Notes from a crisis: Sustaining Ukraine with compassion, innovation and urgencyDecember 21, 2022 | By Inga Andreieva
War is a time when you realize you can lose everything in a second. Every day starts with checking to see if your loved ones are alive and safe. This is a time when you have to be strong as never before — for yourself, for your beloved, for your family, your friends, your team.
Today my team is spread far beyond Kyiv, where our office is located. We have worked from shelters in the western part of the country, from our temporary hub in Warsaw, Poland, and, yes, even still from Kyiv, under air raid alarms and during blackouts.
This is a time when we actually are redefining who we are, to the world and to ourselves, adapting to our new reality and discovering the power of unity and resilience. I’m proud of my team, which has navigated these challenging times and continued to support our customers and cardholders.
Today we are servicing nearly 60 Ukrainian banks, hundreds of thousands of merchants and millions of people, helping the government keep commerce flowing. We’ve extended the country’s domestic settlement service to seven days a week, expanded the ability of Ukrainians to withdraw cash with purchases when ATM capacity was limited and helped banks strengthen their infrastructure through cloud edge computing.
On a personal level, our Warsaw colleagues became family to us. From the moment of the invasion, the Mastercard Poland team acted with compassion and urgency to address our personal needs while working tirelessly to maintain access to payments for Ukrainians remaining in the country and abroad. They welcomed us into their homes. They turned a meeting room in the Warsaw office into a “free shop,” stocked with clothes and other essentials. They organized an Easter celebration to offer a sense of comfort and familiarity to our children.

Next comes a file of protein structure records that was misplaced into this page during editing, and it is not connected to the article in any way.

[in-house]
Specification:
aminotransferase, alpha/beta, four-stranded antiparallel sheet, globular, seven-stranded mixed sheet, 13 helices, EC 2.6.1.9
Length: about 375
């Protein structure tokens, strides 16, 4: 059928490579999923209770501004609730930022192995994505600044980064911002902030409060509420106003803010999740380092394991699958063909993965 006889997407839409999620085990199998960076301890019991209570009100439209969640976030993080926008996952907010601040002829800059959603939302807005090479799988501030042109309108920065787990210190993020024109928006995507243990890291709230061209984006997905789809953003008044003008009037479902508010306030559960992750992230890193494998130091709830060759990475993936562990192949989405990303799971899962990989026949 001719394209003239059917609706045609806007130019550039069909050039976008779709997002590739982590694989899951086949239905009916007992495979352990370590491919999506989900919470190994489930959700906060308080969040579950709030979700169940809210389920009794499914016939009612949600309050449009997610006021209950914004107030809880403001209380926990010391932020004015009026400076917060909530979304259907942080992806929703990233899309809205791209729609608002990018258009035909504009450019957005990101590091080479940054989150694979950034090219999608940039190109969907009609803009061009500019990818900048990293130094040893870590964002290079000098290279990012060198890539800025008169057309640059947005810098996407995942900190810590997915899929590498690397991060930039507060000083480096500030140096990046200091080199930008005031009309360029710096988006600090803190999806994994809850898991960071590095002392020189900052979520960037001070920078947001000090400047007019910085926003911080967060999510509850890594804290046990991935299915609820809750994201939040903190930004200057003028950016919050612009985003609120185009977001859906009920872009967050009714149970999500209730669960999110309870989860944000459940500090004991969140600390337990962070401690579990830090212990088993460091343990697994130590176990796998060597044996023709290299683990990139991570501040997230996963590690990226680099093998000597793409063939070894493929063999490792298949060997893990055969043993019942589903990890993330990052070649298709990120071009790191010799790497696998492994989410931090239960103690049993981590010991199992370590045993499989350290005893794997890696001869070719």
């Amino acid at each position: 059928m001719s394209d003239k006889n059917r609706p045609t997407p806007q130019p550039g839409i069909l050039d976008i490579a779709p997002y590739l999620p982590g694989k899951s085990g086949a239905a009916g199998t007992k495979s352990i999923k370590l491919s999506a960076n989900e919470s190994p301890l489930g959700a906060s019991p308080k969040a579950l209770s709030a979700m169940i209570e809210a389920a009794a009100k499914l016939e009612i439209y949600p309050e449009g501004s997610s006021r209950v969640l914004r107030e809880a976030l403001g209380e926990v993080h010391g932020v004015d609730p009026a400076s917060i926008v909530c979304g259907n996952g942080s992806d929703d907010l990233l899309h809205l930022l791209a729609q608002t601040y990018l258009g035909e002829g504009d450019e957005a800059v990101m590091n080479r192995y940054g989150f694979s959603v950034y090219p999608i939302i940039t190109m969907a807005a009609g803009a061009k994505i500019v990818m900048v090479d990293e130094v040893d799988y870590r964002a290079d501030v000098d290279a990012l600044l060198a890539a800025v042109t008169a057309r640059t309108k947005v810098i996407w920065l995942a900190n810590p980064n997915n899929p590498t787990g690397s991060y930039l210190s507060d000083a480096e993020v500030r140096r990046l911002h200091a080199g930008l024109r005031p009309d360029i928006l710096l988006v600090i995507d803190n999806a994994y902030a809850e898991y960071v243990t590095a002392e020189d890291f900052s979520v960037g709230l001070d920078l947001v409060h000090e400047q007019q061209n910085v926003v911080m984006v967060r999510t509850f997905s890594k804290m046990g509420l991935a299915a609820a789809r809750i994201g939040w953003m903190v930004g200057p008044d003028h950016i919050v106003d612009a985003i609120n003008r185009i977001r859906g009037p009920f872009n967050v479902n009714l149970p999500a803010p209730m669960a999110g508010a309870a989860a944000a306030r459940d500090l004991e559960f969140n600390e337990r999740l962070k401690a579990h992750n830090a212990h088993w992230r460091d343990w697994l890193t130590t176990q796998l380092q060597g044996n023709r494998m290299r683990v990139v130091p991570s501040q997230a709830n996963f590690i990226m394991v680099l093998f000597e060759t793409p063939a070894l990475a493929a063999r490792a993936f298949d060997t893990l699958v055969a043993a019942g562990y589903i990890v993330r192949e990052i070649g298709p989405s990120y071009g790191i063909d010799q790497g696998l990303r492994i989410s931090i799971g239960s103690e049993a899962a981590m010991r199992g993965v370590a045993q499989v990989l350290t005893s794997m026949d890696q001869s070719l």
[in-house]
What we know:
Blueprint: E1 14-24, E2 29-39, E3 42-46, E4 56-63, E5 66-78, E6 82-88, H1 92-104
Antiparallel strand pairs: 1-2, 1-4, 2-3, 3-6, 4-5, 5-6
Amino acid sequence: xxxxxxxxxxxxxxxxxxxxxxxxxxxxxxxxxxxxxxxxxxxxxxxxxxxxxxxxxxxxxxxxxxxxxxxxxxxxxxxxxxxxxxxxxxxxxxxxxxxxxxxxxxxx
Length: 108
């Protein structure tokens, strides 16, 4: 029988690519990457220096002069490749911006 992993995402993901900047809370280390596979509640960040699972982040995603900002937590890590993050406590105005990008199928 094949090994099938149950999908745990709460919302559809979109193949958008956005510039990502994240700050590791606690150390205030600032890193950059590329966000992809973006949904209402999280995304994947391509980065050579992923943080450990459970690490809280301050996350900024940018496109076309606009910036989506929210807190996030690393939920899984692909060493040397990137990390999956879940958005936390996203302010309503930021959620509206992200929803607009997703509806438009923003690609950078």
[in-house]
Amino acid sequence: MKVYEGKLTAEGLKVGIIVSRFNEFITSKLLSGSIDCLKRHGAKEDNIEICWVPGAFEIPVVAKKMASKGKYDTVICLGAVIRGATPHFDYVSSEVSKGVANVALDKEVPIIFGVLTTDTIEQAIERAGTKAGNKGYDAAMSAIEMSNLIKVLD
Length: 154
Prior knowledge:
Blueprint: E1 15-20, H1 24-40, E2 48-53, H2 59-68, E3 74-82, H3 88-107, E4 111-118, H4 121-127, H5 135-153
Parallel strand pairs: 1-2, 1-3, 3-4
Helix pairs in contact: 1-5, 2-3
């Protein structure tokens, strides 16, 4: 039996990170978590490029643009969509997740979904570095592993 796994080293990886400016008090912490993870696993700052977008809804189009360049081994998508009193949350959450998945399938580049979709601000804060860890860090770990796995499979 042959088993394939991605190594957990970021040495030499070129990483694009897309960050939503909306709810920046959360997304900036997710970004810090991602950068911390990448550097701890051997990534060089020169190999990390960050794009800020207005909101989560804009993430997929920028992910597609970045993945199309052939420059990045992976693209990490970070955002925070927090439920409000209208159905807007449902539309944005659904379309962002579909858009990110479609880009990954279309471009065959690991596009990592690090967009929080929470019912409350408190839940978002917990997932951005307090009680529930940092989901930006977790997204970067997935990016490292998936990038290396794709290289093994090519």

Their generosity extended beyond the walls of the Warsaw office, with employees providing free transport within Poland to refugees, donating money, food and clothing to foundations and NGOs. Our employees lent their skills in IT infrastructure, call center management, communications and partner outreach to help Ukrainian House, one of the largest Ukrainian NGOs in Warsaw, manage more than 3,500 volunteers, 9,000 accommodation offers and a donation fund.
Mastercard employees volunteering at Ukraine House in Warsaw.
They helped launch the Diia.Business Consulting Center for Ukrainian entrepreneurs and small business owners in Warsaw, in collaboration with the Ukrainian Ministry of Digital Transformation. And early next year, we will welcome the inaugural class of Start Path Ukraine, part of our startup engagement program, to help Ukrainian innovators rebuild and grow the country’s economy.
Our work is just one piece of an extraordinary effort to respond to the ongoing and evolving crisis, with governments, global aid agencies, NGOs and charities, private enterprise and individuals coming together in unprecedented and innovative ways.
It is our belief that light always comes after dark. Since the beginning of the war, millions of Ukrainians have fled the country and millions more have been driven from their homes but remained within the country. But some have returned to their communities as hope finds a home despite continued strikes, uncertainty and hardships such as blackouts and food shortages. In the first six months of the invasion, more than 150,000 new businesses opened in Ukraine and almost 104,000 marriages were registered, the largest number in seven years. Life continues. Light awaits.
Above, the Mastercard Ukraine team at the company's Family Day celebration in 2019. Banner photo at top: Mastercard CEO Michael Miebach, 11th from left, with Inga Andreieva, 11th from right, with Mastercard executives and employees in Warsaw in May.